19 items from 2016
You know it's a good horror movie -- or at least a properly revolting one -- when people faint while watching it, and that's just what happened at the Toronto Film Festival last night when "multiple audience members" passed out during the film's premiere screening (via The Hollywood Reporter). "An ambulance had to be called to the scene as the film became too much for a couple patrons," said the film's marketer Ryan Werner, who is having a great day. Lest you think this is merely a clever publicity ploy on the part of distributor Focus World, more than one attendee at last night's screening -- including Girls on Film co-host Alicia Malone -- corroborated the account on Twitter: Raw: super cool, grisly, fun, fresh, gross French horror by badass female filmmaker. Not for weak stomachs! #TIFF16 pic.twitter.com/IwndOPiO9t — Alicia Malone (@aliciamalone) September 13, 2016 Raw: the paramedics had to come to the theater, »
- Chris Eggertsen
Epicureanism has come to be associated with mindless indulgence in food and sex, even if those ancient Athenians called for more restraint than you’d typically see in your average horror movie.
Countless horror films, of course, have echoed cultural anxieties surrounding sex, but that other physiological need, food, is also a common ingredient. Poor impulse control is at the heart of every slasher film—usually the perp acting on his, but also the risk-taking behaviors of his victims. And it’s not much of a stretch to consider that there’s a genetic component to this, whether manifested in psychopathy or an inability to keep the fridge door shut.
According to a Bloomberg report, 2015 was the first year Americans spent more on dining out than on groceries, as at-home food prep shows proliferate and the real-life horror that is the obesity epidemic shaves years off our lives. Luckily, amidst »
- Christopher Lombardo
From its brilliantly effective trailers, Lights Out -- the new horror film from first-time feature director David F. Sandberg -- comes across as your standard-issue fright fest: supernatural spook, family in peril, jump scares from wall to wall. And yet the film plumbs deeper waters than expected through the character of Sophie (Maria Bello) and her shadow-dwelling "friend" Diana, who mutually represent a surprisingly potent, and unusually perceptive, metaphor about mental illness and its capacity to wreak havoc on generations of families. For a genre not historically known for its sensitive portrayals of psychological disorders, that counts as something of a minor triumph, and the filmmakers deserve credit for bringing added heft to what could have easily been a surface-level scare machine. The feature is a long way from Sandberg's original short film of the same name, which hit YouTube in 2014 and subsequently went viral before capturing the attention of producer Lawrence Grey, »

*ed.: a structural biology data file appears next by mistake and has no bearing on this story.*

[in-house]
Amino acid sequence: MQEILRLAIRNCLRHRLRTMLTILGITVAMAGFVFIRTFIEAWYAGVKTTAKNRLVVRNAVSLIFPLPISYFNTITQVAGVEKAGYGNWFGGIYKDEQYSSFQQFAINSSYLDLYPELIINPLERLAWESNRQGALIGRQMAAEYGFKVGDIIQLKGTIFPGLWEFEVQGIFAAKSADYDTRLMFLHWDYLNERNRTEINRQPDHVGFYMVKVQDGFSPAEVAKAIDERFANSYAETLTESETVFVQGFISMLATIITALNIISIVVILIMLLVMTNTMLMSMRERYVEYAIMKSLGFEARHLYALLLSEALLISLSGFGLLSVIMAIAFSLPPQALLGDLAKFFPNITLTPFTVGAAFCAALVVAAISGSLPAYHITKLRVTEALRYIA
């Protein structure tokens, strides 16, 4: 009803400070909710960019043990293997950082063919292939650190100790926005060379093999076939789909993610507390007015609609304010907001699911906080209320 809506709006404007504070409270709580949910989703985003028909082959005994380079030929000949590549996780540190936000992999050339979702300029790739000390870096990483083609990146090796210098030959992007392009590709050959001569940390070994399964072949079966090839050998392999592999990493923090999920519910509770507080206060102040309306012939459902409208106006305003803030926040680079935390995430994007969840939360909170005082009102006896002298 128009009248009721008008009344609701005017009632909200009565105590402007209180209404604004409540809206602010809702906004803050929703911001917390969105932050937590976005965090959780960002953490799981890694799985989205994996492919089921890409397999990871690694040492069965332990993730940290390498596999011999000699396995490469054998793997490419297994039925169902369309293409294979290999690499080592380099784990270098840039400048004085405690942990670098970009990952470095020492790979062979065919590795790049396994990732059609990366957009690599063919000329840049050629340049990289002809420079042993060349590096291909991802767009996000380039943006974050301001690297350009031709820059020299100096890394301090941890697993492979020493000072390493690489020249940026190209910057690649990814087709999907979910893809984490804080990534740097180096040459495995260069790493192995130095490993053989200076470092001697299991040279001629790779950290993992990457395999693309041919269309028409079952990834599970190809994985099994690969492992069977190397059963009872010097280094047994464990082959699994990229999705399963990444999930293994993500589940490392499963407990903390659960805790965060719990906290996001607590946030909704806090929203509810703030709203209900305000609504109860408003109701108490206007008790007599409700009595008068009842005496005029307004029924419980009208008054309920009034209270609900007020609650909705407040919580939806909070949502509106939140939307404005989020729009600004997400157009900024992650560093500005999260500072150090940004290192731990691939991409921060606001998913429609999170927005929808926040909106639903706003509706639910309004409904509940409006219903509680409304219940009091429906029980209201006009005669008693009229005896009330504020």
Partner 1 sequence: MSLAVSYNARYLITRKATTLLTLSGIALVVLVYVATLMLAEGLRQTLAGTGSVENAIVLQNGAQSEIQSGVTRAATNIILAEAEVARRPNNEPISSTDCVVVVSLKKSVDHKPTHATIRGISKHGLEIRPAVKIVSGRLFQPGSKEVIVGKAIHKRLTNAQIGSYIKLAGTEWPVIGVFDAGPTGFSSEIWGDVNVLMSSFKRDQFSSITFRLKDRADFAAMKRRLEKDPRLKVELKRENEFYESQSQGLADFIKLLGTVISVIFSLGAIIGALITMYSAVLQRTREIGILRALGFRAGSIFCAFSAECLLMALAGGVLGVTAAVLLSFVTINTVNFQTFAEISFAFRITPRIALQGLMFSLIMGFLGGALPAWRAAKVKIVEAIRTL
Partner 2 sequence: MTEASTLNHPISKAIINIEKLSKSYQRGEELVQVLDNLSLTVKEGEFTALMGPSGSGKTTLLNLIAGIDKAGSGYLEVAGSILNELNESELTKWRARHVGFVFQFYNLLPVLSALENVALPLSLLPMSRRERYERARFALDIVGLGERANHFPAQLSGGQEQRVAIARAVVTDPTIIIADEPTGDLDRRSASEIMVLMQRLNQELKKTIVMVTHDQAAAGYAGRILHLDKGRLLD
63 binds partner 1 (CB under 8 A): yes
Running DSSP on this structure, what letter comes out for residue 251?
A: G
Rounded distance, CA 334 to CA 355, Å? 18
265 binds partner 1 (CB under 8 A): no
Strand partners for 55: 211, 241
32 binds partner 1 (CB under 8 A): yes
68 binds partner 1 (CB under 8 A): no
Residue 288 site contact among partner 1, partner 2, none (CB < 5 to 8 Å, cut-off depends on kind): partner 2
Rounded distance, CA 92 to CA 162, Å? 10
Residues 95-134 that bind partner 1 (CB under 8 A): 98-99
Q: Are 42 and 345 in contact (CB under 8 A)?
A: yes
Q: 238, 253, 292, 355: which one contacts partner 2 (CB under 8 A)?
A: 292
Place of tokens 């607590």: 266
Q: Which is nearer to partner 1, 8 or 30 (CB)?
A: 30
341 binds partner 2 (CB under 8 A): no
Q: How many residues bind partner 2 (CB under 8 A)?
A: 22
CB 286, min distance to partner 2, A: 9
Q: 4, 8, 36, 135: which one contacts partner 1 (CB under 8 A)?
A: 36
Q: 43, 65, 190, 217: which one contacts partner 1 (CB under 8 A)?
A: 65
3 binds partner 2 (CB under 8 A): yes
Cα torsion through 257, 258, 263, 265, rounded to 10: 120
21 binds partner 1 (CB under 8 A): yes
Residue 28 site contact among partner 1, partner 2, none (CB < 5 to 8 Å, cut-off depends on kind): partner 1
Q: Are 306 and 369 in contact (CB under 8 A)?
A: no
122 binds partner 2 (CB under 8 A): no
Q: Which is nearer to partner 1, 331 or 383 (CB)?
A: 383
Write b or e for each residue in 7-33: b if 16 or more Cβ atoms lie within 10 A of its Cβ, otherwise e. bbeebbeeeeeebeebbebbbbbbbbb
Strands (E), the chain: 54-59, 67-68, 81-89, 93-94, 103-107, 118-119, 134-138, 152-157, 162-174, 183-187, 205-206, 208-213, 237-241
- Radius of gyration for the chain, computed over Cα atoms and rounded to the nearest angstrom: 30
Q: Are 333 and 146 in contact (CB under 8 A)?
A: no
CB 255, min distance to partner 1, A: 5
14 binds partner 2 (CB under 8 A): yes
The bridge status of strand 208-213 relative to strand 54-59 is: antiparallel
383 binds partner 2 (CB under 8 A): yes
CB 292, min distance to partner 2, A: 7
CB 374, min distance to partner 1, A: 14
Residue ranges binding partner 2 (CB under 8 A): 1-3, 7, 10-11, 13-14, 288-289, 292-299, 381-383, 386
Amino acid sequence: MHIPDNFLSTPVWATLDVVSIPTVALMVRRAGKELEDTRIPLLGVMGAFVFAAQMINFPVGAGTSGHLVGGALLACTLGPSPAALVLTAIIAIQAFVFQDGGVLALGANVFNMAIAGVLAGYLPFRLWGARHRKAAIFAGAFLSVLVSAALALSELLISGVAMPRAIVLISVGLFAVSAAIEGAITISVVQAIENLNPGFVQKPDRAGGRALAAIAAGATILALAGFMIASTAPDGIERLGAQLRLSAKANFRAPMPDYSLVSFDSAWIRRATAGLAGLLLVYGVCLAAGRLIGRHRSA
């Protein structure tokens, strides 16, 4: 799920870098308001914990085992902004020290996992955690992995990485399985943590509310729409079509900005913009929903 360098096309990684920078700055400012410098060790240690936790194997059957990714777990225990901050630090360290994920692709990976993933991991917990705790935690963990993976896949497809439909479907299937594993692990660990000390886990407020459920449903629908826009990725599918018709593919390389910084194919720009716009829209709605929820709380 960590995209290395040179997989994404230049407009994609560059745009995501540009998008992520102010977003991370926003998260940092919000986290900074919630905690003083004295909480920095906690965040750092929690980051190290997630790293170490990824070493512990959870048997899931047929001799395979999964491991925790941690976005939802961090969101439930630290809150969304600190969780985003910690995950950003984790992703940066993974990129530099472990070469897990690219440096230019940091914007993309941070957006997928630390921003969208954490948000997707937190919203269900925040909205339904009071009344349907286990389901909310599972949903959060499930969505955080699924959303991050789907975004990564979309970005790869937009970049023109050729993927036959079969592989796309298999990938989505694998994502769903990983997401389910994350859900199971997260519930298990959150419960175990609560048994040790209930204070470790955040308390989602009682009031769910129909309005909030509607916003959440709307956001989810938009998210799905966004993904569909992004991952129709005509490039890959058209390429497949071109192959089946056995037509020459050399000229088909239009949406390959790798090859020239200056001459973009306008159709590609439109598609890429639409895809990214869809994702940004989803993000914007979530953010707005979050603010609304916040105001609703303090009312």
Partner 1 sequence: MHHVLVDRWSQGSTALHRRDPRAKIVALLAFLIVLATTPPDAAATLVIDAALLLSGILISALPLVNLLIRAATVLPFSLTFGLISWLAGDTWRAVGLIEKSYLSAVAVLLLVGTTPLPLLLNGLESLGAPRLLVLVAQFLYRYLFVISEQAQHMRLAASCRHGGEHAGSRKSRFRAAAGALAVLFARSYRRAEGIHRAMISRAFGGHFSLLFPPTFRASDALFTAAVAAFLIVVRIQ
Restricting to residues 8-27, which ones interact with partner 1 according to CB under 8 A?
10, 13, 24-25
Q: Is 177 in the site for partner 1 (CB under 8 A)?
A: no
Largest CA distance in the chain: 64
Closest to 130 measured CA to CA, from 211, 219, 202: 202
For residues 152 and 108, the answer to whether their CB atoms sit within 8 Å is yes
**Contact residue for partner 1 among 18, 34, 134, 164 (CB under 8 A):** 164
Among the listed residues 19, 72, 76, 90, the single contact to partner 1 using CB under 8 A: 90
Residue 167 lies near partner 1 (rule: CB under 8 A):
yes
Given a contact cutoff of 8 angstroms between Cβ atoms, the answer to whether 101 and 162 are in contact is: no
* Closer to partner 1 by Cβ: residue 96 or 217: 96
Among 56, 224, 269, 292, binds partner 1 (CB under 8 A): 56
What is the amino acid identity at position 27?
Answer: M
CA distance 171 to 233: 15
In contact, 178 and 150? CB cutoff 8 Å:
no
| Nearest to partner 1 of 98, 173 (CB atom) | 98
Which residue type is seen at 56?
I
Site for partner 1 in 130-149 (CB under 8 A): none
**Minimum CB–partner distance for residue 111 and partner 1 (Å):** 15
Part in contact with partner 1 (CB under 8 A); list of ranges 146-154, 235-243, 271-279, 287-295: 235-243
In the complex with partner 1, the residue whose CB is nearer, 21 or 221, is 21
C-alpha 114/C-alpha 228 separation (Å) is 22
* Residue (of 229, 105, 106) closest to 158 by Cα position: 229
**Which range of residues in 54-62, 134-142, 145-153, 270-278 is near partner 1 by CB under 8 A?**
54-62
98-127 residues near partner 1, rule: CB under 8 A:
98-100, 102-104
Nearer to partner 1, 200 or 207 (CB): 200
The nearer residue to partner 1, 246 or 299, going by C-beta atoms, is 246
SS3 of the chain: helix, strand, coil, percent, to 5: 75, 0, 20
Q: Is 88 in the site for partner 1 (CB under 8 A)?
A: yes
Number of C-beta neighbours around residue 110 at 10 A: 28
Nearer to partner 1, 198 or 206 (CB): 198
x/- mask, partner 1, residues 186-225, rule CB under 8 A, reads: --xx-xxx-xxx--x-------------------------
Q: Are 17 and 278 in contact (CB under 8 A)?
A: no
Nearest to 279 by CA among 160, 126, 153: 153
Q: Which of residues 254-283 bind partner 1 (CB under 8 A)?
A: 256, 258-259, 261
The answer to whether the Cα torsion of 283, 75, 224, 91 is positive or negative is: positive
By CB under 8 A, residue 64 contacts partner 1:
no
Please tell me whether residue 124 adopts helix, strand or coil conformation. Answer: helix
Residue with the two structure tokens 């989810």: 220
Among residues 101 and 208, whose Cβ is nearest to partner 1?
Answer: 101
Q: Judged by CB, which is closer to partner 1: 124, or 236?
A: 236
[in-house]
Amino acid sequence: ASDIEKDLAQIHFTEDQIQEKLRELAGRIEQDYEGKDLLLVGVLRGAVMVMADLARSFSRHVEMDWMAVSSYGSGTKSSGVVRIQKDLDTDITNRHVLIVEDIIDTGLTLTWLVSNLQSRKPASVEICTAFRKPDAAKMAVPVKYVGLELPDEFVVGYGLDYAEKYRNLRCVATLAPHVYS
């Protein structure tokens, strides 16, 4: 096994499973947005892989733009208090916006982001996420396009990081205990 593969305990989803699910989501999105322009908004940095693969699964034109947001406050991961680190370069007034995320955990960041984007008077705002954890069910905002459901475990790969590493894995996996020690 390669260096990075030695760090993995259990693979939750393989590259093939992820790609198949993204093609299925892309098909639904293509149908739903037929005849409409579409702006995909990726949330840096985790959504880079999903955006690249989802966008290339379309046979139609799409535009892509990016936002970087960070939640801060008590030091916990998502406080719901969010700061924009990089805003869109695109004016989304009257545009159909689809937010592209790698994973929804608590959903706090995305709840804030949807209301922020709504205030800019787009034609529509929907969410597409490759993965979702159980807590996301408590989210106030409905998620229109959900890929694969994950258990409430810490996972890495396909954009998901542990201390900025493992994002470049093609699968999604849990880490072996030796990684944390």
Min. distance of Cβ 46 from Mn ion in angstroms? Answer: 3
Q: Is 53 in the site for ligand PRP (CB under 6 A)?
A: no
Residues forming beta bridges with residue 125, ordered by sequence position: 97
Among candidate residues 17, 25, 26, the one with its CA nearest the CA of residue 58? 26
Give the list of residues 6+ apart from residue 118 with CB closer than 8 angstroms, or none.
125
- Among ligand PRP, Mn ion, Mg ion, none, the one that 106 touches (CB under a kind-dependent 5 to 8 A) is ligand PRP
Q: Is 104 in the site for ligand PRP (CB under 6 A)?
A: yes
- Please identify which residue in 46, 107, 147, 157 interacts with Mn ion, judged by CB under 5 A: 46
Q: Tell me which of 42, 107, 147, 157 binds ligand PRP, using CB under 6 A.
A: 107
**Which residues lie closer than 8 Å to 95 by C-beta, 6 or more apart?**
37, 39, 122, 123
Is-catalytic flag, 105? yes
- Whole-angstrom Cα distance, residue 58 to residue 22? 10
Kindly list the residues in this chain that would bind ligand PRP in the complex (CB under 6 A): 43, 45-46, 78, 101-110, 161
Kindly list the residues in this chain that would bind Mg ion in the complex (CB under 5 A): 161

- Chris Eggertsen
To celebrate the release of Martyrs - out now on DVD and Digital HD – we have a copy on DVD to giveaway.
A brilliant reimagining of the French revenge shocker, this all-new version puts its own bloody stamp on the story – but is just as harrowing, visceral and gutsy. Directed by the “ones to watch” sibling duo of Kevin and Michael Goetz (Scenic Route), Martyrs is one of the most exciting horror remakes yet.
It also boasts some great performances from its young cast, with Troian Bellisario and Bailey Noble proving themselves as two scream queens for the ultra-violent generation – plus cult star Toby Huss makes the most chilling appearance of his career.
To win a copy of Martyrs on DVD, just answer the following question:
Who directed the original version of Martyrs? Was it:
b) Xavier Gens
Email your answer to NerdlyComps@gmail. »
- Phil Wheat
The reboot of Pascal Laugier’s ultra-violent Gallic thriller goes straight to DVD and it’s not hard to see why
The words “straight to DVD” don’t carry the same stigma they once did. In an era when Hollywood is running scared from an online platform whose name is a contraction of the words “internet” and “flicks”, the hierarchical model of film distribution – with cinema at the top and physical media at the bottom – is starting to feel like an anachronism. That said, every now and then a film debuts on DVD that seems to have fallen so far from grace that it’s hard not to see its arrival on the format as something of a failure. A new remake of the French cult classic Martyrs is one such example.
Ten years ago, Paris had taken Tokyo’s title as the global centre of edgy horror cinema, and »
- Charlie Lyne
If you go down to your local multiplex today, you’ll be reminded of the advice Thumper received from his father: “If you can’t say something nice, don’t say nothin’ at all.”